Rowland Carlson

Delayed Timeboxing


A form of timeboxing where you delay making timeboxes until right before you spend that time.

Timeboxing is scheduling your time by pre-deciding what you're going to do in each chunk of time. It differs from a list of tasks in that you're thinking about units of time instead of tasks of unknown length.

In a morning, you might schedule a half-hour for exercise, an hour for breakfast, and two hours for a hobby.

Timeboxing is useful if you don't know where your time is going or you feel that you're distracted often. It's impossible to know if you're distracted if you don't know how you wanted to spend that time. But timeboxing can fail if you have interruptions, unforeseen meetings, or emergencies that eat the time that was supposed to be for work.

This is where delayed timeboxing comes in.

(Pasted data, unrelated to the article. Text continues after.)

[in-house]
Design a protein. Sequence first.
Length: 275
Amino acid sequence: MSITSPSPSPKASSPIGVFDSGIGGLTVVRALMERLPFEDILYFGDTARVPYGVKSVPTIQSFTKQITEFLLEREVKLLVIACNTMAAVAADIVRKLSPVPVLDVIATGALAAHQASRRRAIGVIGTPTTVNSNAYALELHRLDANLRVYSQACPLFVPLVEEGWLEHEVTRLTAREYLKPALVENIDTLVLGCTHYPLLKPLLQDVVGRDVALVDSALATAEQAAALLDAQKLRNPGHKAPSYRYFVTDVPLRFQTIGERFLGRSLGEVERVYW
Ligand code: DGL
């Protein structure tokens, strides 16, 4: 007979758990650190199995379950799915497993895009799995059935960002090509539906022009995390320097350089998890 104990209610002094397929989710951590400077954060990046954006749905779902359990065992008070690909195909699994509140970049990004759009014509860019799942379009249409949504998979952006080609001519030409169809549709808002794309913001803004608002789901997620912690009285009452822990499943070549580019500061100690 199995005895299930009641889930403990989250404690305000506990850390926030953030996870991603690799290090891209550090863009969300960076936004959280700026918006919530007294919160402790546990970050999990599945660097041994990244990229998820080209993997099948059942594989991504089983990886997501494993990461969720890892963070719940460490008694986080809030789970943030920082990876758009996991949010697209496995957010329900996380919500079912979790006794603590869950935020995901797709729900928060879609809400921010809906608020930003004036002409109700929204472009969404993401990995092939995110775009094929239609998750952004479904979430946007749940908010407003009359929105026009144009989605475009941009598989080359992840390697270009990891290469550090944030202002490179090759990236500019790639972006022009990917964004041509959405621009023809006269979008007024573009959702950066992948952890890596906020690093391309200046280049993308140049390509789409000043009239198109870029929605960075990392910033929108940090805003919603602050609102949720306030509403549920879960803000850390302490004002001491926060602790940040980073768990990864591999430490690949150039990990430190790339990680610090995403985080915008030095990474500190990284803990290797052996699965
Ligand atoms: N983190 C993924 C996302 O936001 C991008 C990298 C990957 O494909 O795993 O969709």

In traditional timeboxing, you might plan timeboxes for your entire workweek. In delayed timeboxing, you put off making a decision until you have as much information as possible.

You can use the transitions in your day to plan out how you want to spend the next few hours. Before starting work, you can plan what you want to spend each hour of work. Before stopping work, you can decide how you want to spend your evening.

When I was working on the assembly line, I'd use delayed timeboxing to plan out how I wanted to spend my afternoon. I'd schedule time for a walk, time for reading my newest book, and time for trying a new behavior or idea to improve myself. Before going to bed, I'd use delayed timeboxing to decide how I wanted to spend my morning before work, which allowed me to try morning routines without needing a habit.